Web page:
Now, I do not say that with any disrespect to either you or the Post Office. I want you to be clear on that. I know both of you are very sincere in your concern for it.

Our interest is simply that there are problems posed here for which there is no easy solution as each of you attempts to resolve this thing to the best interest of the person to whom you must answer. They have spoken in the course of testimony before committees and otherwise about the necessity of running a post office as a business and taking all of those actions consistent with good business that will conserve their assets and their revenues.

I am only suggesting here that in the kinds of complications that will be arising, they are going to have to address themselves to that as they try and reach a solution with you. If the solution, as acceptable to you, is going to cost them money, I do not know how in good conscience they can agree to it.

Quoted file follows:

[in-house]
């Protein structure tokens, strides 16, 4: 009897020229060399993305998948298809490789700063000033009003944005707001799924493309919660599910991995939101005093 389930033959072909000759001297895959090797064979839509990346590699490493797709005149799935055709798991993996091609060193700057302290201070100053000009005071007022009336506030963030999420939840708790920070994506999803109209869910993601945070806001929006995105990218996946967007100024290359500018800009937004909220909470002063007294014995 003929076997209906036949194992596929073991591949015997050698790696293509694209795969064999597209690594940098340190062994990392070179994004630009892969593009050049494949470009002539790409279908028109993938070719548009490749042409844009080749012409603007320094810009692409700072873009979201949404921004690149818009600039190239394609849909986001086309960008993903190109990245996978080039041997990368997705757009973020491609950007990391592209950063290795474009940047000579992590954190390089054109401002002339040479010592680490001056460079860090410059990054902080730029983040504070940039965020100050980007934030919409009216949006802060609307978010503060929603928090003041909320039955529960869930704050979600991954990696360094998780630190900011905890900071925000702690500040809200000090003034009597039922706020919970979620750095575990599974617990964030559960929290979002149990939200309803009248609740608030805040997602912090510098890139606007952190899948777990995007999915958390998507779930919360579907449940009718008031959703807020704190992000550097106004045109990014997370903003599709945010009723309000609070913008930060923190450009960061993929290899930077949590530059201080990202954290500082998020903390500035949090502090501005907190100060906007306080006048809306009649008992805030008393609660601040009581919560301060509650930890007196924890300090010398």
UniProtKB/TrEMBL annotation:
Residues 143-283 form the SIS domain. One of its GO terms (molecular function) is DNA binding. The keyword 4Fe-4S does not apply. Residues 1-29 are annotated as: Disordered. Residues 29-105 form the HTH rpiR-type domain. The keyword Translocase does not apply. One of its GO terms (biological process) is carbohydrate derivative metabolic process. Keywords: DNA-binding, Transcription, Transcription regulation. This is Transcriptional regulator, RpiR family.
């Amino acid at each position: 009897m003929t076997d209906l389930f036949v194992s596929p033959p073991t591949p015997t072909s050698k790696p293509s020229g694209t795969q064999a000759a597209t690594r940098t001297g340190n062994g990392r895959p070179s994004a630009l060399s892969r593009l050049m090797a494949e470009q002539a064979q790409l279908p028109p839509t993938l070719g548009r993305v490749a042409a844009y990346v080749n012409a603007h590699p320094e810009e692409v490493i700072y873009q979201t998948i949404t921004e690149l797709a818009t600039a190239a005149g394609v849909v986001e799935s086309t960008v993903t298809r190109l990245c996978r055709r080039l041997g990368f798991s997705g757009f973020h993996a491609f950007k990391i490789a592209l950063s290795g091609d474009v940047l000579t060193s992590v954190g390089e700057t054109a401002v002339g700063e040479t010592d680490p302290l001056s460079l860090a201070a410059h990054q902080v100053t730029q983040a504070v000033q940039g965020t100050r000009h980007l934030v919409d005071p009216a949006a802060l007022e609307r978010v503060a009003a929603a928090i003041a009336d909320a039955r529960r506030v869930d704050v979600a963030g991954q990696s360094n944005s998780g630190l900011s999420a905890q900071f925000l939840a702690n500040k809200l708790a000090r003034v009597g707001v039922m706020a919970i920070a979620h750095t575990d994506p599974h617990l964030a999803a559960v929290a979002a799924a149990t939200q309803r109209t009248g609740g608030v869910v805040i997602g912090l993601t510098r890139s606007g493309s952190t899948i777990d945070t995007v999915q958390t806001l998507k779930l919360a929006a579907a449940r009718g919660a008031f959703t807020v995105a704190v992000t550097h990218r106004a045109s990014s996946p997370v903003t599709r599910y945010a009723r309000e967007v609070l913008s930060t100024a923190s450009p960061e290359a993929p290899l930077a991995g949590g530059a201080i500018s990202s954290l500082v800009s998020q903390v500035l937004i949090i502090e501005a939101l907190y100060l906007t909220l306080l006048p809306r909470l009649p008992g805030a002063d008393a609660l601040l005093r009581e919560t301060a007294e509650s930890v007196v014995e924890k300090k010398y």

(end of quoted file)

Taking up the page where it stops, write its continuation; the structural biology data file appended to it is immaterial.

Mr. Chairman, I have no further questions. But I would like to say this has been a unique experience in dealing with the people from GSA. I think it is the kind of arrangement which is best for government, for the people that support the Government. We have had a very fine relationship. They have been extremely candid. I have enjoyed it, and I want to thank them personally for the kind cooperation they have given us.

Mr. WRIGHT. The Chair would like to echo that sentiment. Additionally, the Chair would like to express to Mr. Sampson, Mr. Sanders, and Mr. Barth the committee's appreciation for the wholehearted cooperation that you have given, for the directness and candor with which you have answered the questions which have been posed, and for your patience in coming and being with us today.

When the committee adjourns today, it will adjourn to meet at 10:30 tomorrow.

I am advised now by counsel that we may have difficulty in the scheduling of witnesses to appear tomorrow, and for that reason we may adjourn until tomorrow afternoon, and so let us adjourn at this time, subject to further notification by the Chair.

Mr. SAMPSON. Thank, you, Mr. Chairman.
Mr. WRIGHT. The committee is adjourned.

(Whereupon, at 12:45 p.m., the subcommittee adjourned, to reconvene at the call of the Chair.)

IMPACT OF POSTAL BUILDING PROGRAM ON FEDERAL

AGENCIES